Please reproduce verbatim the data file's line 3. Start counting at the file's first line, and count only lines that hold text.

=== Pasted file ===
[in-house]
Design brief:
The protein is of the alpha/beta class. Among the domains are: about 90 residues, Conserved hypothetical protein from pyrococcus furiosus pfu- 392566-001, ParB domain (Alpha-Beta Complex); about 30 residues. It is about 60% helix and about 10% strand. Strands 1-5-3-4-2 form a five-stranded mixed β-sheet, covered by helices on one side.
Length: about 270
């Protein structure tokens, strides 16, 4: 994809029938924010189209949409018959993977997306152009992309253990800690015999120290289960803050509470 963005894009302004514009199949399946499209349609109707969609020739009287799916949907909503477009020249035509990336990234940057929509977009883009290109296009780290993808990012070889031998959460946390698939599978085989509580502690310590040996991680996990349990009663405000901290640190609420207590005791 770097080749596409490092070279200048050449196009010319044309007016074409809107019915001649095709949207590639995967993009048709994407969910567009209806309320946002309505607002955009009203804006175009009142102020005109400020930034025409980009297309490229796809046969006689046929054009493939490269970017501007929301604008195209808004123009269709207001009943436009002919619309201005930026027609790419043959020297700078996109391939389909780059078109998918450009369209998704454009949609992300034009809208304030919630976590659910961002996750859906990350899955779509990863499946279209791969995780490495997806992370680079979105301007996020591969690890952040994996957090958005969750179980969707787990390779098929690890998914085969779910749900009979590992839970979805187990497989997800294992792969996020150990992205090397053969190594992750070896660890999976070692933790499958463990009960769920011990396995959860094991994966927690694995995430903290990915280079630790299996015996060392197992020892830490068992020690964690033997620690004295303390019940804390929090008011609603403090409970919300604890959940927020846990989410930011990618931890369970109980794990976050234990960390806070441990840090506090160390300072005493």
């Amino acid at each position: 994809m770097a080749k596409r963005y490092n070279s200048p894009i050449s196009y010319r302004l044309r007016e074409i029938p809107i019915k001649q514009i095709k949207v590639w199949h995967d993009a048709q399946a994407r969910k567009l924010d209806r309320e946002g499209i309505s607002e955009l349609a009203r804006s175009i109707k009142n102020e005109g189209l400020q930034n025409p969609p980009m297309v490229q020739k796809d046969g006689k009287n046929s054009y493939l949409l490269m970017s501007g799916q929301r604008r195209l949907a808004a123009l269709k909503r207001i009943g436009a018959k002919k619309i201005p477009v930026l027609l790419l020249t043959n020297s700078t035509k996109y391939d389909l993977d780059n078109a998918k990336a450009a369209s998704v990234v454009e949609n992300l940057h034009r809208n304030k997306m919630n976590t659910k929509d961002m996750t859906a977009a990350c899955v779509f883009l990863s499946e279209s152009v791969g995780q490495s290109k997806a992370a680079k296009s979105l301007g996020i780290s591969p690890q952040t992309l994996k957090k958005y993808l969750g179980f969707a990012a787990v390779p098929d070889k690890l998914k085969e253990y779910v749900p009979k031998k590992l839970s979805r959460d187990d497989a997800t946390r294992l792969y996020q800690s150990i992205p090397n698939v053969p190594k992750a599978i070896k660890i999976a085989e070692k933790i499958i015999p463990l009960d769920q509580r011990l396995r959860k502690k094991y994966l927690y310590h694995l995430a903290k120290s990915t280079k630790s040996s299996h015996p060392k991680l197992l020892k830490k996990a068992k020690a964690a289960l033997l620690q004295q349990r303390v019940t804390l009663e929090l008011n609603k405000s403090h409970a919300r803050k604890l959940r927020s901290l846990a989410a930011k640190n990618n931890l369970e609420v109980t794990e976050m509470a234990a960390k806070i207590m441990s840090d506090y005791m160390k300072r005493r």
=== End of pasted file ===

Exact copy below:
The protein is of the alpha/beta class. Among the domains are: about 90 residues, Conserved hypothetical protein from pyrococcus furiosus pfu- 392566-001, ParB domain (Alpha-Beta Complex); about 30 residues. It is about 60% helix and about 10% strand. Strands 1-5-3-4-2 form a five-stranded mixed β-sheet, covered by helices on one side.